A comprehensive ortholog dataset

To be able to study the evolution of HCNEs and gene arrangements in a genomic regulatory block context, we must first have a comprehensive and accurate annotation of gene orthology. We needed a comprehensive ortholog set that would be suitable for study of the evolutionary dynamics of genomic regulatory blocks, while considering a long-range regulatory model with gene loss, as well as difference in evolutionary rates among species [21]. This required an extension of existing methods for orthology detection to increase the coverage and assignment of mis- and un-annotated genes in incompletely annotated teleost genomes. To this end, we developed a strategy that combined Ensembl ortholog genes with ortholog genes predicted by an exon alignment pipeline (Figure 2a), and an examination of conserved synteny. Since we gave precedence to the Ensembl ortholog set, an ortholog predicted by exon alignment was used only if a gene did not have any orthologous genes in Ensembl (Additional data file 1).
Figure 2

Synorth pipeline and three data views. (a) The Synorth data/analysis pipeline. (b) The Synorth genome locus browser: (A) navigation bar; (B) search field; (C) external link to other browsers (Ancora, UCSC Genome Browser, Ensembl and Vista) for the same region; (D) GRB genomic coordinates - the coordinates are the union of all synteny regions overlapping with the query gene - if no overlapping synteny region is found, no region will be shown; (E) reference species track; (F) track(s) of compared species - in each track, the species name and the sub-tracks for all synteny regions are shown; (G) browser legend; (H) chromosome color key for the compared species. For more details, see the description in the Help page of the Synorth website [20]. (c) Synorth table browser (d) Synorth tree browser.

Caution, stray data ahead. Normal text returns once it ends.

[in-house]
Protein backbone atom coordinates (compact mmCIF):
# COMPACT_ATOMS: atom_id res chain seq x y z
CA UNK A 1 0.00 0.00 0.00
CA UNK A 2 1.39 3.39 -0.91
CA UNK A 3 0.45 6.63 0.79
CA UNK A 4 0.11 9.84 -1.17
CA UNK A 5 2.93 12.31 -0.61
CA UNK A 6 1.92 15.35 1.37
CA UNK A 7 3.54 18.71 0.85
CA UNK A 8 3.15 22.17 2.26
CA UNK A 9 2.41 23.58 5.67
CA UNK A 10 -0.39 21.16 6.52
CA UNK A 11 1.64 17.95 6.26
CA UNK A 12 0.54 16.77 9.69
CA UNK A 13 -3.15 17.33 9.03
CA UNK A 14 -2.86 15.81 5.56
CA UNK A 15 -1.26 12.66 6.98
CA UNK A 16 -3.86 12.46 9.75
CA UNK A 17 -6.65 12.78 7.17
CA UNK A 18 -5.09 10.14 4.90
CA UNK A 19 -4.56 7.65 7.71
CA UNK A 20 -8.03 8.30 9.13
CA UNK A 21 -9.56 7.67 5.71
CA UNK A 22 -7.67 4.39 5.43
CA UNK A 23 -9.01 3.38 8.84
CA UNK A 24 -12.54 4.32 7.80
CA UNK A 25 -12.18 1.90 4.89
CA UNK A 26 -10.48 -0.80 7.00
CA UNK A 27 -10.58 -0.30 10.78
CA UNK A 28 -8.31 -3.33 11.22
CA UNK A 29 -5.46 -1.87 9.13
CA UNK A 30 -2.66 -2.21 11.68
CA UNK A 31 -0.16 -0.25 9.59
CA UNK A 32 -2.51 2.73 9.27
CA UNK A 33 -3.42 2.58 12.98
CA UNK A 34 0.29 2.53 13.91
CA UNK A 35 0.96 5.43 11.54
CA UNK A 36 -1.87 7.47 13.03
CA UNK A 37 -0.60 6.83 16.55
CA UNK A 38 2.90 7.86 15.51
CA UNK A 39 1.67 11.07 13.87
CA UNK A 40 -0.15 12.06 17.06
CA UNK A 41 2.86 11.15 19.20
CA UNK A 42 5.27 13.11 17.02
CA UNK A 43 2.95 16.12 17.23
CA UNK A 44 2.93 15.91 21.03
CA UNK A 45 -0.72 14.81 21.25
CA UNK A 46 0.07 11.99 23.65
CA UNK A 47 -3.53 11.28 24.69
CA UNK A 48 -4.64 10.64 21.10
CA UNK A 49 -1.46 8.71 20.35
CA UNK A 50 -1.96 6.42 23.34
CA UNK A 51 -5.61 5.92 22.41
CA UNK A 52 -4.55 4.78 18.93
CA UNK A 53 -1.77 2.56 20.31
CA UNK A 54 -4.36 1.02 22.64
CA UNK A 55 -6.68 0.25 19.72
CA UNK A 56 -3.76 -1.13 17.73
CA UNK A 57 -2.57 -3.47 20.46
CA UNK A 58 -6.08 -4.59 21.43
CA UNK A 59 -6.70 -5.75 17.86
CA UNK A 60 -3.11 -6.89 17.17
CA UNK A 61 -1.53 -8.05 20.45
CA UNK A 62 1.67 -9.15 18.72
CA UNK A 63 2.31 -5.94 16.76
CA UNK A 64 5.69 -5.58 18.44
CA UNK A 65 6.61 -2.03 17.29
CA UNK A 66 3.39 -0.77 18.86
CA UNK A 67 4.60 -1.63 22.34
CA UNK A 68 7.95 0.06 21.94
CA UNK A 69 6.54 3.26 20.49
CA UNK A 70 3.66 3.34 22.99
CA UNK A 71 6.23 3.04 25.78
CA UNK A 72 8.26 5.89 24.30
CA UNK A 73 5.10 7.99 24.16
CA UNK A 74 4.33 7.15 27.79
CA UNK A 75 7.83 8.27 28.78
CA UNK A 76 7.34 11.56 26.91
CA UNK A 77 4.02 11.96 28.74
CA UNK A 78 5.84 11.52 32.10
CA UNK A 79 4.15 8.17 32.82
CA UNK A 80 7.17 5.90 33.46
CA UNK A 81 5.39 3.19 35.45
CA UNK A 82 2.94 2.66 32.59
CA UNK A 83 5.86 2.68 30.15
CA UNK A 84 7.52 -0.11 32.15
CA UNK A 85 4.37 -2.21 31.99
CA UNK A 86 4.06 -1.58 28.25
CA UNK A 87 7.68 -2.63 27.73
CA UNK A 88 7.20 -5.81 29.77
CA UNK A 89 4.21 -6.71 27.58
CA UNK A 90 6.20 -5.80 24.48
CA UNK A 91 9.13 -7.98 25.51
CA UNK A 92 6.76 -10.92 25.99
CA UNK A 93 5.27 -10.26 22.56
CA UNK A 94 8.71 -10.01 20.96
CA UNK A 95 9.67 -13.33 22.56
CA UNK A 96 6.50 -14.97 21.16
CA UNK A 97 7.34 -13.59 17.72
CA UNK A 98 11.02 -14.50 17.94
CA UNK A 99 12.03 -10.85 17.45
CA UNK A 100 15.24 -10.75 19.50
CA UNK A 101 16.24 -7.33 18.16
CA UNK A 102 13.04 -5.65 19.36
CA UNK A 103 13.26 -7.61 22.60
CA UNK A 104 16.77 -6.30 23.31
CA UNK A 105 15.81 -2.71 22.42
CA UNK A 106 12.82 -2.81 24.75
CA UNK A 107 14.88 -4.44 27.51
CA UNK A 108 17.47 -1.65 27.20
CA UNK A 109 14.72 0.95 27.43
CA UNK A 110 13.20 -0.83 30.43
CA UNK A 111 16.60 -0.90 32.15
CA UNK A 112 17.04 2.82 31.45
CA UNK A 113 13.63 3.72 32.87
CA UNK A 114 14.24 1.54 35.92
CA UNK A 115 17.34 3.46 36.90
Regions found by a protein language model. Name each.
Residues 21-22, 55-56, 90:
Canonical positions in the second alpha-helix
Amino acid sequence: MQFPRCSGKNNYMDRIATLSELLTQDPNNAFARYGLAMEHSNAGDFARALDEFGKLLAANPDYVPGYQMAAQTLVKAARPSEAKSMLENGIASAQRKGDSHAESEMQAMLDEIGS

In the final implementation, Synorth uses the Ensembl ortholog set, with two additional options that can be turned on or off: inclusion of additional orthologs predicted by our exon alignment pipeline; and exclusion of out-paralogs (paralogs whose origin predates the last common ancestor of the compared set of species; Additional data file 1). Inclusion of additional predicted orthologs improved coverage by providing orthologs for 424 out of 1,982 putative bystander genes in our initial GRB set that were missing in the Ensembl ortholog set (Table 1). By default, Synorth includes orthologs predicted by exon alignment and excludes out-paralogs (Additional data file 2).